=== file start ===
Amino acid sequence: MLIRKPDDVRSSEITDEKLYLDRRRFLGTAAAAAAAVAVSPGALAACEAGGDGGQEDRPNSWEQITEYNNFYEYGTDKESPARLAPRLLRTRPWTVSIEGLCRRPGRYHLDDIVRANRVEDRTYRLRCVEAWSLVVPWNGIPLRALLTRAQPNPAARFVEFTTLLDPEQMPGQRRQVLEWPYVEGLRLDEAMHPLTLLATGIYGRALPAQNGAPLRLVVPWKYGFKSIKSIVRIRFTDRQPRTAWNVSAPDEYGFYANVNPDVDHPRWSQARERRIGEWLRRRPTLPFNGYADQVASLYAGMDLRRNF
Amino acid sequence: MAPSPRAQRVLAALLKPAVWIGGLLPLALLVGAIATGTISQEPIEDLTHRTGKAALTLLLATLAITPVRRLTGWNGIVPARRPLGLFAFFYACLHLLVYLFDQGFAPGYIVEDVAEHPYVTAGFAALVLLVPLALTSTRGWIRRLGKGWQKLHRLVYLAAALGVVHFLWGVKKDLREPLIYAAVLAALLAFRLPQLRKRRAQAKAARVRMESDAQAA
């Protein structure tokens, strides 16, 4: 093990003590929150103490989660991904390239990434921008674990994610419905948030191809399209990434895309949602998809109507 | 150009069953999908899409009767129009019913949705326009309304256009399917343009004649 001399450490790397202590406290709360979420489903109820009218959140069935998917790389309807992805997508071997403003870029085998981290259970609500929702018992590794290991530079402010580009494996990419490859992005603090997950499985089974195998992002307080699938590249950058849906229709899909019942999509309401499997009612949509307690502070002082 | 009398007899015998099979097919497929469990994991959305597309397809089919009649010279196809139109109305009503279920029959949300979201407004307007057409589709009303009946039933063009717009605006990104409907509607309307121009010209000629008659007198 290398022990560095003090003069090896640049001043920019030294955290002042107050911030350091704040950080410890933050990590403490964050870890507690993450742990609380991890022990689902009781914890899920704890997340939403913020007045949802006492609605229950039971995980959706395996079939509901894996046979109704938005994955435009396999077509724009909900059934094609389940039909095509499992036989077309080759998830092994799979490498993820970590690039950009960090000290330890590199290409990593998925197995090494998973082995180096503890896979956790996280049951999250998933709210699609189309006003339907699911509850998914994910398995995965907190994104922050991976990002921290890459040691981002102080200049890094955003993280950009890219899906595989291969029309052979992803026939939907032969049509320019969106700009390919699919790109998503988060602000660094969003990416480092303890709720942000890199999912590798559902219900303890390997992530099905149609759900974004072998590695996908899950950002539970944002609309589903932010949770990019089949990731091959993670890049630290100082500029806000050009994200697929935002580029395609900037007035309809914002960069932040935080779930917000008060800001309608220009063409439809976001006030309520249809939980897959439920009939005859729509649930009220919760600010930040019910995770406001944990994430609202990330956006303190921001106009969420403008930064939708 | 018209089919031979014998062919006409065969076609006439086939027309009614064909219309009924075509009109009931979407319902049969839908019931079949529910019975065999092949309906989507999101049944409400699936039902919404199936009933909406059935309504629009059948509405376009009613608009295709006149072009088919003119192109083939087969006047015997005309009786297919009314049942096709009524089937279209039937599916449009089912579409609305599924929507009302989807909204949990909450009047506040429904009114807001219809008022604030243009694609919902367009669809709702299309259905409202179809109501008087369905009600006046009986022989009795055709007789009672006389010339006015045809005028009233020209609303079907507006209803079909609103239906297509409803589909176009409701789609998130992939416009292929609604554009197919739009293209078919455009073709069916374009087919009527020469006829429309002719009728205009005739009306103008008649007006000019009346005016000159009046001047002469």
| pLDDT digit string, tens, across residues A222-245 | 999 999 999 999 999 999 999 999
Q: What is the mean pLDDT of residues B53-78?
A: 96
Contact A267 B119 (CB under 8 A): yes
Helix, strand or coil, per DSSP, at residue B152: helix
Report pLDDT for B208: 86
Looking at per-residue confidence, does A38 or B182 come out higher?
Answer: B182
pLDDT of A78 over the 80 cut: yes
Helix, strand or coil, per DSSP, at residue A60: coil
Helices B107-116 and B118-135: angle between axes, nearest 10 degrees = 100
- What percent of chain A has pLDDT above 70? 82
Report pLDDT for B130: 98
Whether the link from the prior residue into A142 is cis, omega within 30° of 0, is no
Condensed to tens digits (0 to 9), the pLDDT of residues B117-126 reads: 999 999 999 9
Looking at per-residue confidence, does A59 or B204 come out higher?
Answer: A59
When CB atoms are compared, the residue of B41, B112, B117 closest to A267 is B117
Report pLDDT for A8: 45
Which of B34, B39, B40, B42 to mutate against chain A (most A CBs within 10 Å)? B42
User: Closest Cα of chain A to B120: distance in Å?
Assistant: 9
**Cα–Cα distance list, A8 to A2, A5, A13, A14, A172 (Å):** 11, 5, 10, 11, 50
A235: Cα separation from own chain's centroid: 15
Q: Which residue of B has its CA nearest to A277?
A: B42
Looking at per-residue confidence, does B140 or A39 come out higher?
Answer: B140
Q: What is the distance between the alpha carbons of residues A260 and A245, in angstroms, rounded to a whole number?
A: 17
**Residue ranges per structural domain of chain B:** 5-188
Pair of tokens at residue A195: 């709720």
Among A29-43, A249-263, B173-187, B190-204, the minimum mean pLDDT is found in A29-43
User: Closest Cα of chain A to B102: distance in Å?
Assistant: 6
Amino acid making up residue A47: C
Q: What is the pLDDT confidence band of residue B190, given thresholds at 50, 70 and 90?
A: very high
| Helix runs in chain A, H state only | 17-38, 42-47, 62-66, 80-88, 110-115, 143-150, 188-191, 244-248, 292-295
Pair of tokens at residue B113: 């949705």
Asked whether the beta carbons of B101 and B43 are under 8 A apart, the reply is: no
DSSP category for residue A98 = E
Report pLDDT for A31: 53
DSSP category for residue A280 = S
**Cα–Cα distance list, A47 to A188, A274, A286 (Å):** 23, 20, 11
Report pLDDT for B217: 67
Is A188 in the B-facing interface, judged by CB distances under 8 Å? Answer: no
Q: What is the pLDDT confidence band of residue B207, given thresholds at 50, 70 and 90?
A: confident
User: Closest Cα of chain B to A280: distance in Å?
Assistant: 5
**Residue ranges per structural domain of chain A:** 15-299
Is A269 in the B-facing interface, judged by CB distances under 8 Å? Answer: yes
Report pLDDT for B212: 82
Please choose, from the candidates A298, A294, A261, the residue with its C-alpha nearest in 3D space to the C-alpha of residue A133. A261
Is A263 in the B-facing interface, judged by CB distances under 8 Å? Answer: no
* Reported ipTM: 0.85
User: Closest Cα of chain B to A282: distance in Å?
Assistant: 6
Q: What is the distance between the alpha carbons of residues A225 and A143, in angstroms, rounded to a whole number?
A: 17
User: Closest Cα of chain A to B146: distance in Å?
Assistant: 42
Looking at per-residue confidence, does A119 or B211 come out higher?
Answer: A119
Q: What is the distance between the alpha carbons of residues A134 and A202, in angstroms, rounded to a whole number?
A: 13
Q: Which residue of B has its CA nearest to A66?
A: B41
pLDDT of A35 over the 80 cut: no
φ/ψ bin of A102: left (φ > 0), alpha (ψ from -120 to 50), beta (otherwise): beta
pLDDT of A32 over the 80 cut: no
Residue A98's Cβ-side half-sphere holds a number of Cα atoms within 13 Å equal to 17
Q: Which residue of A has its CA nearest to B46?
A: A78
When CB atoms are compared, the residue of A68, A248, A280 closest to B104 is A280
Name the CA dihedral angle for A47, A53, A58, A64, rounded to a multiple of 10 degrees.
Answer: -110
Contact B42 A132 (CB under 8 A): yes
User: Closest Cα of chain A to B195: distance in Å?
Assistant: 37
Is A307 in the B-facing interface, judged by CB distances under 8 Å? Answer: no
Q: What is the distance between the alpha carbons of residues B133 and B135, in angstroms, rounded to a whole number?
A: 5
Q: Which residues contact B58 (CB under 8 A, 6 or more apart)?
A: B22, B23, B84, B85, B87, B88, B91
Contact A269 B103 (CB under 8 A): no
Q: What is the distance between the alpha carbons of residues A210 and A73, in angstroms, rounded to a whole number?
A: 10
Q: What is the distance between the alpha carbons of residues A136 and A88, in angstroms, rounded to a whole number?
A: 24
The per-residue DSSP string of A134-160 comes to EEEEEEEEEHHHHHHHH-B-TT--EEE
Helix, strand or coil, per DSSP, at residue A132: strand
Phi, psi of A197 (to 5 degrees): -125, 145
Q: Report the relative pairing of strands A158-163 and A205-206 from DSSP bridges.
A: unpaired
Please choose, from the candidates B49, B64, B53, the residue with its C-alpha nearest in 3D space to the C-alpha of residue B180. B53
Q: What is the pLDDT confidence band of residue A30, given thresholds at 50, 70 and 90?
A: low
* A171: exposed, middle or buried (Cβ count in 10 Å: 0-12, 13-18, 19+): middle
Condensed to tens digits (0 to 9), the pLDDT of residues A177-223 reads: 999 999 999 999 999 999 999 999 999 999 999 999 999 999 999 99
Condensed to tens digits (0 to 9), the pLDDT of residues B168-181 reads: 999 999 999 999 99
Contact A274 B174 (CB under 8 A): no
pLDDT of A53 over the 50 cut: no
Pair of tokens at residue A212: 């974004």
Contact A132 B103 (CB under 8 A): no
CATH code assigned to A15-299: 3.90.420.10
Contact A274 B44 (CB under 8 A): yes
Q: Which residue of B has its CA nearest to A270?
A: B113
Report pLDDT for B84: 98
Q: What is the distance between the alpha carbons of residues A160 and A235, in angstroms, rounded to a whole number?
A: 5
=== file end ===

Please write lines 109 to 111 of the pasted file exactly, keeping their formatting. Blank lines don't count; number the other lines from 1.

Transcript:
Contact A132 B103 (CB under 8 A): no
CATH code assigned to A15-299: 3.90.420.10
Contact A274 B44 (CB under 8 A): yes